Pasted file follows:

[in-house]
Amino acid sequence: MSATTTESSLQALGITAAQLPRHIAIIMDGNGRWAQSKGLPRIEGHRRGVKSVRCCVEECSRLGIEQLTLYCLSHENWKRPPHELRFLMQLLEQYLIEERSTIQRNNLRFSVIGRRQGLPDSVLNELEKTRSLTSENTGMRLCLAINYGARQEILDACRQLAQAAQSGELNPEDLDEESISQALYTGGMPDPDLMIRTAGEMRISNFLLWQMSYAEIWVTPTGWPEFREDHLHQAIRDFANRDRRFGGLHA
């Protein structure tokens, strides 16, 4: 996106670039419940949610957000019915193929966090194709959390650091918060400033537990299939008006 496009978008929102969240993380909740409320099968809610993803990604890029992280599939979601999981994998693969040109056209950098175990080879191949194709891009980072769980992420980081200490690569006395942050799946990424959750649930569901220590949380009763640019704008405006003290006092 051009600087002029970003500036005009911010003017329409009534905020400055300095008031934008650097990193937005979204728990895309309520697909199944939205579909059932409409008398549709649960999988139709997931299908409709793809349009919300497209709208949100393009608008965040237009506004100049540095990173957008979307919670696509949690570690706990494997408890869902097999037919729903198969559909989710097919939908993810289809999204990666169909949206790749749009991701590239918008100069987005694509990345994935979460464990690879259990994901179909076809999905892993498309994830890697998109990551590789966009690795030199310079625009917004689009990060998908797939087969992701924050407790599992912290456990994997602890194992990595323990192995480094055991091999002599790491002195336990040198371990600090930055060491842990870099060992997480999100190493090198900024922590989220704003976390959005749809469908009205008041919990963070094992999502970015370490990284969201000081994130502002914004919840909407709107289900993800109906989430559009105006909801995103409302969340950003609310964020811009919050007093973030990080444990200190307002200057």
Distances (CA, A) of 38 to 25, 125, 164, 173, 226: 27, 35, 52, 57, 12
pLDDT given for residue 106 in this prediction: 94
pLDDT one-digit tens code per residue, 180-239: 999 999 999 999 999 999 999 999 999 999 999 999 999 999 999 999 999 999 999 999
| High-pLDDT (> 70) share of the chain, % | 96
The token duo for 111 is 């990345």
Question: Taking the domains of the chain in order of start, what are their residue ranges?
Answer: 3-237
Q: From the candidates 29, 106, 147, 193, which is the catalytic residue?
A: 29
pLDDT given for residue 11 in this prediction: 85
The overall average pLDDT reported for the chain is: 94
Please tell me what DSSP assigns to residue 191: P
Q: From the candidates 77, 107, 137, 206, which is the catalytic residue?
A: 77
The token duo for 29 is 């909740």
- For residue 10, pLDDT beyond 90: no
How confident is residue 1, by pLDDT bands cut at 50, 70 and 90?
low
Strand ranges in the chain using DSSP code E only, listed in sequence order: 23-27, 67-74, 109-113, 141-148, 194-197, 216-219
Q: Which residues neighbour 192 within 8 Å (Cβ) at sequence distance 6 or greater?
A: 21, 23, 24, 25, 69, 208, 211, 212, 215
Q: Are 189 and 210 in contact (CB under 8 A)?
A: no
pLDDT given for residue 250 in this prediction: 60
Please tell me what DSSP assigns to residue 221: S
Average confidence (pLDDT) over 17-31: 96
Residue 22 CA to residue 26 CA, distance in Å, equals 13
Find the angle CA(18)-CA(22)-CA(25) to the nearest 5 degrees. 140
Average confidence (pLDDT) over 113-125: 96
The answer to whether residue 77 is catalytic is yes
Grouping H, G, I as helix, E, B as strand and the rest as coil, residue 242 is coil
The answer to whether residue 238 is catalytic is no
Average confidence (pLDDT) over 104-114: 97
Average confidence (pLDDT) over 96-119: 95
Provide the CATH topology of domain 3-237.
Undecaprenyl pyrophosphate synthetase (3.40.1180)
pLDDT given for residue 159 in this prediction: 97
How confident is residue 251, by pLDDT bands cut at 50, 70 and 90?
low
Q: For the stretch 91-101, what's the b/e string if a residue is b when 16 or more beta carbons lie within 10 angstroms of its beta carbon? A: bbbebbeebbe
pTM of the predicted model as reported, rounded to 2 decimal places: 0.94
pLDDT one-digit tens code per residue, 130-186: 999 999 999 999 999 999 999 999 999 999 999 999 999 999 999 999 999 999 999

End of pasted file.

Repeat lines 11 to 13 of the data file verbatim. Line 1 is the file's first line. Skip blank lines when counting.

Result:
Q: From the candidates 29, 106, 147, 193, which is the catalytic residue?
A: 29
pLDDT given for residue 11 in this prediction: 85